Junior Seau’s recent suicide has prompted a number of news articles, editorials and columns concerning post-NFL life and how professional athletes “die twice.”
In a recent radio program, noted sports author John Feinstein made the claim that, when professional athletes retire they die once, and then they die again in the same manner that the rest of the non-professional world does.
His claims that the world as a professional athlete knows it ends when they retire are probably true, but I find it a little hard to swallow.
Anyone who has watched a premiere athlete – one who truly loves the sport, and the sport truly loves them – retire; has seen the tears, or quasi-tears that the manliest of men try to hold back. And, was probably moved emotionally by them.
I’ve never been moved much by retirement announcements. Most likely because the athletes that I respected as I grew up retired when I was just a rookie in life, and didn’t care enough to watch some old fogey talk about how great his career was and how thankful he is for the owners and yadda, yadda, yadda.
Now that I’ve had a few years in the league of day-to-day living, there aren’t really any professional athletes that I respect.
Sure, I’ve got my favorites, but the stories that move me come more and more from high school and college athletics.
I can see Feinstein’s point when it comes to a retirement being life changing, but how is it any different than one of us “amateurs” retiring after a lifetime of doing what we love?
One might argue that a professional athlete loves his job with more intensity or power than a Joe Blow working at a successful advertising firm, or a John Smith running a mom-and-pop operation.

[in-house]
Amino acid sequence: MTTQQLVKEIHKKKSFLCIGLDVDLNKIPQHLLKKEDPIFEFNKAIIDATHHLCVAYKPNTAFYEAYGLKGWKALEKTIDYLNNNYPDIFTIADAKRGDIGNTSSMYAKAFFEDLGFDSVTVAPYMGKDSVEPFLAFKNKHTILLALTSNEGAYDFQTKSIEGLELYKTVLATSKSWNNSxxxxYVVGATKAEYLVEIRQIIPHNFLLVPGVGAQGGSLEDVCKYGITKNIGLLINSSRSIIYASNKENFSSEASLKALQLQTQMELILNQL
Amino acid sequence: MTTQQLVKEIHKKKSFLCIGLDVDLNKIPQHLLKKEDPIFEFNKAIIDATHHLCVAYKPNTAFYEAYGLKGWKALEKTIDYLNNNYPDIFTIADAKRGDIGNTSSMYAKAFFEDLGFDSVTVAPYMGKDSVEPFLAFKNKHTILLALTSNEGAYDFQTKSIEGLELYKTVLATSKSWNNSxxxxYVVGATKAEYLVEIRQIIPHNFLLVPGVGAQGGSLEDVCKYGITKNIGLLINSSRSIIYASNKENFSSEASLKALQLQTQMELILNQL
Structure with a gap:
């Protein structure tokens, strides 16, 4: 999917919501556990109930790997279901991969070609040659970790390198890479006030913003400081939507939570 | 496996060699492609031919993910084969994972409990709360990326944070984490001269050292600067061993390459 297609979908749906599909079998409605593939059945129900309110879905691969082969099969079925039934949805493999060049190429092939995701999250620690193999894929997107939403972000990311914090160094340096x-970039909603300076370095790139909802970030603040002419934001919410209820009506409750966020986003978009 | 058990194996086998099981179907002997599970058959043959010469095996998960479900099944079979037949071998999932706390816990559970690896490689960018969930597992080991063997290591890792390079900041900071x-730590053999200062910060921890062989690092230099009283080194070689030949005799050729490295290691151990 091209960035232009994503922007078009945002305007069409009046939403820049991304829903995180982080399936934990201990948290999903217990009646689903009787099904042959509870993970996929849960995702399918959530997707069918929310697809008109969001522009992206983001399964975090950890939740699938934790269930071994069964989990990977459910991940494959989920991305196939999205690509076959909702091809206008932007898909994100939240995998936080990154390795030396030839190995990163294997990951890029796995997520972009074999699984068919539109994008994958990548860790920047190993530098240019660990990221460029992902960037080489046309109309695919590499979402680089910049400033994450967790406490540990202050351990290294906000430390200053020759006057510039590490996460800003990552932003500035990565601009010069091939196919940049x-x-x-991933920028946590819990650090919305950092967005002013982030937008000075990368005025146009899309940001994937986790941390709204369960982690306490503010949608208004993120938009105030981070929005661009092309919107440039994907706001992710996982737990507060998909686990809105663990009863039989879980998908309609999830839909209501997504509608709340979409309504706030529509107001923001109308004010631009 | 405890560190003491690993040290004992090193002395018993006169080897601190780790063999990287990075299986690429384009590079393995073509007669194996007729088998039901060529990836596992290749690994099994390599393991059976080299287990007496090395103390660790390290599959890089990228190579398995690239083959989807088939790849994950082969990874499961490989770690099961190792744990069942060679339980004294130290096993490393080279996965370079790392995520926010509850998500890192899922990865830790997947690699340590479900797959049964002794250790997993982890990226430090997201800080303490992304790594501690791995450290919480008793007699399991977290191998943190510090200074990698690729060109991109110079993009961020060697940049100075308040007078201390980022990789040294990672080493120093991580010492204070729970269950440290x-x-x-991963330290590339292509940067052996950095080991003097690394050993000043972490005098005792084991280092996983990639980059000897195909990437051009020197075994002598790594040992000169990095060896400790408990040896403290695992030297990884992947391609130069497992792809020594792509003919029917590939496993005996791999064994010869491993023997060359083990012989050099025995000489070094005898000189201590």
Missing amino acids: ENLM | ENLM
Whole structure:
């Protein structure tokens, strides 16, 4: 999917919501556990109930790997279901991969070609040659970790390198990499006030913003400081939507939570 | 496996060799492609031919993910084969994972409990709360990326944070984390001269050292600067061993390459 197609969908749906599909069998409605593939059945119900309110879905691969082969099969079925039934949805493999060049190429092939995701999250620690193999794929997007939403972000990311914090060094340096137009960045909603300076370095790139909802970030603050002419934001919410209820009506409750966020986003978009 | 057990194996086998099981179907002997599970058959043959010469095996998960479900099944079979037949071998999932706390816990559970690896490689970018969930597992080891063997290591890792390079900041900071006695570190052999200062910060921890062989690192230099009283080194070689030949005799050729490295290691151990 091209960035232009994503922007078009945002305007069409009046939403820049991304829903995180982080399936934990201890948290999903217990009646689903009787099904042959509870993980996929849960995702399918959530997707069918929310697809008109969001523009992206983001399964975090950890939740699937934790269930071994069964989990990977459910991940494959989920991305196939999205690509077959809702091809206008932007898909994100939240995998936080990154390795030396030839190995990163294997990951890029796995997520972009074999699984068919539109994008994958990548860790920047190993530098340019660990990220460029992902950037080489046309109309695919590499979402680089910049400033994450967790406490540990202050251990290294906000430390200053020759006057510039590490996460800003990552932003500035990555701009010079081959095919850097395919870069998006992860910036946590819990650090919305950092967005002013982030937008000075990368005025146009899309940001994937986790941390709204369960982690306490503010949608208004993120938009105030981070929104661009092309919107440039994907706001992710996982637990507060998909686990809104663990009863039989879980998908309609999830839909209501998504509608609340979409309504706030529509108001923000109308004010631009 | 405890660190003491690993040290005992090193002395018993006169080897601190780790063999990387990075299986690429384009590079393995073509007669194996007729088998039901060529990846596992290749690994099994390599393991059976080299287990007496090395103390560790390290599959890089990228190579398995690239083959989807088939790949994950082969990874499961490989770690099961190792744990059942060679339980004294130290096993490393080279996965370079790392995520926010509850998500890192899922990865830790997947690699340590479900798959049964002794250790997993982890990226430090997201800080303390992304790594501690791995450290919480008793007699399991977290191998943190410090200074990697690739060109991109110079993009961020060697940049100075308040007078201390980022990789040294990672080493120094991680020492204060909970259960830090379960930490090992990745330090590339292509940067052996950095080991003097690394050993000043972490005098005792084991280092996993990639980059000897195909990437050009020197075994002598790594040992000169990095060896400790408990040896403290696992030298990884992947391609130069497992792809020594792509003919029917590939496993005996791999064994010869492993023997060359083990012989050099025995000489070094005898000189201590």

I don’t think it is possible to say that a professional athlete loves their job more than anyone else who is doing something they’ve dreamed of.
I do think one thing can be said. The before and after difference in income when you retire from professional sports is going to have a much wider swing for most athletes than it will for the regular man on the street.
That could be a big shock to someone who is used to spending $600,000 a year and didn’t plan for the afterlife.
I’m sure many athletes do prepare and save for retirement, but I know I’d spend a lot more money if I had it to squander.
I don’t know what the average rate of suicide in recent retirees, age 60 and older, is, but I can’t imagine it is as high as professional athlete retirees.
And even if it is higher, there certainly is no clamor about it, except within the families it affects.
Seau’s suicide is tragic and I feel sorry for his family. I’m sorry that they have to deal with his choice without any input of their own, but it isn’t any more, or less, tragic than anyone else choosing to end their life.
Let’s not allow retirement from something he loved color the picture with anything other than the bright shades of truth.
He chose to kill himself. Whether struggling with depression, or a drug addiction, or feeling like he had nothing left to live for, he made a choice.
It is the only choice that we all have where no one can change the outcome. When we’re dead, we’re dead.
But it is the most selfish choice that can be made for the loved ones left behind.
Live life, and if it gets too hard – reach out for some help.